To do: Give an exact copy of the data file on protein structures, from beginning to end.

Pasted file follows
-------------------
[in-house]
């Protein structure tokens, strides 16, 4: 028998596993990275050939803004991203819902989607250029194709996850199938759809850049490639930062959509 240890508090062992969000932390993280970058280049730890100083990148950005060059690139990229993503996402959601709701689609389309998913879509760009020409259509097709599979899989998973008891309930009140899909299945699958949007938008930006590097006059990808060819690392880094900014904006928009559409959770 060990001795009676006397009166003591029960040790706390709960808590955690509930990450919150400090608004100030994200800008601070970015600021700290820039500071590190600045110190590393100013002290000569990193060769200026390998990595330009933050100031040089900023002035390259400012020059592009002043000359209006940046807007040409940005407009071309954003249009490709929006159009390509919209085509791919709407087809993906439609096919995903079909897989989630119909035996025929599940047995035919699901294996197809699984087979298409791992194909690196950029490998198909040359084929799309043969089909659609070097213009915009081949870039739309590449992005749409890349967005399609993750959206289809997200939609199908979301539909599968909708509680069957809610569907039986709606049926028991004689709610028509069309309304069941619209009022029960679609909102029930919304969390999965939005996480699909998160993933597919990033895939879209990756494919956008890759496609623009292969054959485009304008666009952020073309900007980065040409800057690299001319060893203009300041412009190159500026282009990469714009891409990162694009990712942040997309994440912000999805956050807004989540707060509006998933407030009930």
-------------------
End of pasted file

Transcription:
[in-house]
């Protein structure tokens, strides 16, 4: 028998596993990275050939803004991203819902989607250029194709996850199938759809850049490639930062959509 240890508090062992969000932390993280970058280049730890100083990148950005060059690139990229993503996402959601709701689609389309998913879509760009020409259509097709599979899989998973008891309930009140899909299945699958949007938008930006590097006059990808060819690392880094900014904006928009559409959770 060990001795009676006397009166003591029960040790706390709960808590955690509930990450919150400090608004100030994200800008601070970015600021700290820039500071590190600045110190590393100013002290000569990193060769200026390998990595330009933050100031040089900023002035390259400012020059592009002043000359209006940046807007040409940005407009071309954003249009490709929006159009390509919209085509791919709407087809993906439609096919995903079909897989989630119909035996025929599940047995035919699901294996197809699984087979298409791992194909690196950029490998198909040359084929799309043969089909659609070097213009915009081949870039739309590449992005749409890349967005399609993750959206289809997200939609199908979301539909599968909708509680069957809610569907039986709606049926028991004689709610028509069309309304069941619209009022029960679609909102029930919304969390999965939005996480699909998160993933597919990033895939879209990756494919956008890759496609623009292969054959485009304008666009952020073309900007980065040409800057690299001319060893203009300041412009190159500026282009990469714009891409990162694009990712942040997309994440912000999805956050807004989540707060509006998933407030009930």